- Create bullet points on paper for ideas and brainstorming: I always bring a tiny journal with me wherever I go. Writing by hand connects you with the words and allows your brain to focus on them, understand them, and learn from them. Bullet points helps to stay organized and work as sunken treasures you can dip into when looking for ideas on a barren day. Writing down ideas in an organized way by hand gives your brain the space to think and concentrate on what it is you are writing about. Handwriting can be particularly useful during goal setting and brainstorming because it’s slower and more deliberate. It also helps improve memory. Research shows that writing entails using the hand and fingers to form letters…the sequential finger movements activate multiple regions of the brain associated with processing and remembering information. Writing on paper also allows us to break predefined formats and layouts.
- Change your environment: One other thing that helps me get out of the non-writing funk, aka writer’s block, is being mindful of my environment. What do I mean by that? Given that I haven’t hit the jackpot yet (*inserts sarcastic smile*), there is only so much space my New York City apartment can offer. I find parks and coffee shops and trains and make them home to my writing. But here is the deal: I keep each environment sacred to a particular genre. For instance, if my favorite coffee shop in the neighborhood is where I write nonfiction, I would never bring my poetry or fictional writing into that space. If poems pour in subways, nonfiction and fiction stay buried during the commute. Changing the environment can help with creativity.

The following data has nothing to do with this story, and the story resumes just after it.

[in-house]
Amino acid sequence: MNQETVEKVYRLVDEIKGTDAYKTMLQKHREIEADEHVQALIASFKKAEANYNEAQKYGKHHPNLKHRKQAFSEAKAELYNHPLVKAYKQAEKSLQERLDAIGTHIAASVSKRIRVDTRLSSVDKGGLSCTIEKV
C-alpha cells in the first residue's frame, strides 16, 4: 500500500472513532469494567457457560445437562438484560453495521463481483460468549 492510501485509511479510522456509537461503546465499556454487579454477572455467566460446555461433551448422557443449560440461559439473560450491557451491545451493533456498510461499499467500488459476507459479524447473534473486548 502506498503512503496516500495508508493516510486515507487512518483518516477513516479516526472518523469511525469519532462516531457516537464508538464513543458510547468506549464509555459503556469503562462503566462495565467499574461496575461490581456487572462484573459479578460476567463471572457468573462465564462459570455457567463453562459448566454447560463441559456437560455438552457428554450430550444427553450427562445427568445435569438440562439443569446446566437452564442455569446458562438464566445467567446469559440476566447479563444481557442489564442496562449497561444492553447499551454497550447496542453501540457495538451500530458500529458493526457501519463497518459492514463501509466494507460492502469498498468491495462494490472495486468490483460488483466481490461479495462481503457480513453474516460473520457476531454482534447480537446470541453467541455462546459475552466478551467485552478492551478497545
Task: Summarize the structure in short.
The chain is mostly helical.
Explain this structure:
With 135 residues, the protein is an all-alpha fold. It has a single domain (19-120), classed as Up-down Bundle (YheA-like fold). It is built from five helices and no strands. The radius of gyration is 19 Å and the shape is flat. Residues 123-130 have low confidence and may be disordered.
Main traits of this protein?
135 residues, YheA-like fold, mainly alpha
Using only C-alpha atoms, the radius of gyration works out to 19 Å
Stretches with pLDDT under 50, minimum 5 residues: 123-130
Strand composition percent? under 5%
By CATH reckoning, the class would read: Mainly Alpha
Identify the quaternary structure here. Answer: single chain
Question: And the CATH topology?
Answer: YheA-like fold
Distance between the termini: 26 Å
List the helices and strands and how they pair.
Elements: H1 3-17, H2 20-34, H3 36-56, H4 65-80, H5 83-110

- Walk away the block: Walking offers unique advantages to improve health and boost creativity. Research tells us that when a creative professional doesn’t get to write and express their creativity, they can get into depression. A nice brisk walk might be just what you need to stimulate your brain’s creativity and get you back in writing mode as walking unleashes creativity. Researchers from Stanford University have found that walking boosts creative inspiration. They examined the creativity levels of persons while they were walking and while they were sitting down. On average the creativity level of the walking people increased by 60 percent. Walking helps release creative juices along with endorphins. It circulates more oxygen and blood to the brain.
In the end, don’t wait for the perfect moment, optimum word, or seamless spot to start writing and overcome writer’s block. Start somewhere, anywhere. A few words. Sentences. Paragraphs. Write something. Anything. Definitely don’t make excuses or justifications for not writing. Don’t be bogged down by perfectionism and eloquence. Start today wherever you are. It’s easier to pick up speed when you are in the habit of writing. You’ll be writing before you know it—conquering writer’s block and returning to creative work in due course. The idea is to get words on the page. Eventually, the writer’s block will become a distant memory.